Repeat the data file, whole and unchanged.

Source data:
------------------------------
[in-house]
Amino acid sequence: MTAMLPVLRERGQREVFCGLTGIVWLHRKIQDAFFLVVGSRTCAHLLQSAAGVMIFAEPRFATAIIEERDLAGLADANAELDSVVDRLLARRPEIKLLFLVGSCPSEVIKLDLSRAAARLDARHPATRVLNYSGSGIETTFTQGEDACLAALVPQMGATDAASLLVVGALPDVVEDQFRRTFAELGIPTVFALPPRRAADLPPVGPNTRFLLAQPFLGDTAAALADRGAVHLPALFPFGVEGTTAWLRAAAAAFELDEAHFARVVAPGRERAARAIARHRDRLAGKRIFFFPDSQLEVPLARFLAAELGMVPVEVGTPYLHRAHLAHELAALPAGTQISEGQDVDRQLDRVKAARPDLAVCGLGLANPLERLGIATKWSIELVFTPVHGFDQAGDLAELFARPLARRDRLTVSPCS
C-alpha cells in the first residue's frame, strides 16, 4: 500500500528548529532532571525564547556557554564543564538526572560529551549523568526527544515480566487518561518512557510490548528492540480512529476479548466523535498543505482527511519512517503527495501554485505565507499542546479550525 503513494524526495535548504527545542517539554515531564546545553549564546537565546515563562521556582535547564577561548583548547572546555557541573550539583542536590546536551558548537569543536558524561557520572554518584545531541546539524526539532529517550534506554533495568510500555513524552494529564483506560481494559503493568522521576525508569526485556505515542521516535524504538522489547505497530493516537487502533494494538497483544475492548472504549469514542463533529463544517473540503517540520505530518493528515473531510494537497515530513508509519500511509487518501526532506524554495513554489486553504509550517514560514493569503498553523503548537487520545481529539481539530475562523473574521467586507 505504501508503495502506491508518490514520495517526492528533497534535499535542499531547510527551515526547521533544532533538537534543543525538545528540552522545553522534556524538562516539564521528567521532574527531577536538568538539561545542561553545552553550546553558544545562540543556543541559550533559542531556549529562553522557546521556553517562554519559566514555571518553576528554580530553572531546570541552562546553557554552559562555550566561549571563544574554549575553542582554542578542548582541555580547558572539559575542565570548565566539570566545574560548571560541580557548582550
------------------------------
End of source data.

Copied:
[in-house]
Amino acid sequence: MTAMLPVLRERGQREVFCGLTGIVWLHRKIQDAFFLVVGSRTCAHLLQSAAGVMIFAEPRFATAIIEERDLAGLADANAELDSVVDRLLARRPEIKLLFLVGSCPSEVIKLDLSRAAARLDARHPATRVLNYSGSGIETTFTQGEDACLAALVPQMGATDAASLLVVGALPDVVEDQFRRTFAELGIPTVFALPPRRAADLPPVGPNTRFLLAQPFLGDTAAALADRGAVHLPALFPFGVEGTTAWLRAAAAAFELDEAHFARVVAPGRERAARAIARHRDRLAGKRIFFFPDSQLEVPLARFLAAELGMVPVEVGTPYLHRAHLAHELAALPAGTQISEGQDVDRQLDRVKAARPDLAVCGLGLANPLERLGIATKWSIELVFTPVHGFDQAGDLAELFARPLARRDRLTVSPCS
C-alpha cells in the first residue's frame, strides 16, 4: 500500500528548529532532571525564547556557554564543564538526572560529551549523568526527544515480566487518561518512557510490548528492540480512529476479548466523535498543505482527511519512517503527495501554485505565507499542546479550525 503513494524526495535548504527545542517539554515531564546545553549564546537565546515563562521556582535547564577561548583548547572546555557541573550539583542536590546536551558548537569543536558524561557520572554518584545531541546539524526539532529517550534506554533495568510500555513524552494529564483506560481494559503493568522521576525508569526485556505515542521516535524504538522489547505497530493516537487502533494494538497483544475492548472504549469514542463533529463544517473540503517540520505530518493528515473531510494537497515530513508509519500511509487518501526532506524554495513554489486553504509550517514560514493569503498553523503548537487520545481529539481539530475562523473574521467586507 505504501508503495502506491508518490514520495517526492528533497534535499535542499531547510527551515526547521533544532533538537534543543525538545528540552522545553522534556524538562516539564521528567521532574527531577536538568538539561545542561553545552553550546553558544545562540543556543541559550533559542531556549529562553522557546521556553517562554519559566514555571518553576528554580530553572531546570541552562546553557554552559562555550566561549571563544574554549575553542582554542578542548582541555580547558572539559575542565570548565566539570566545574560548571560541580557548582550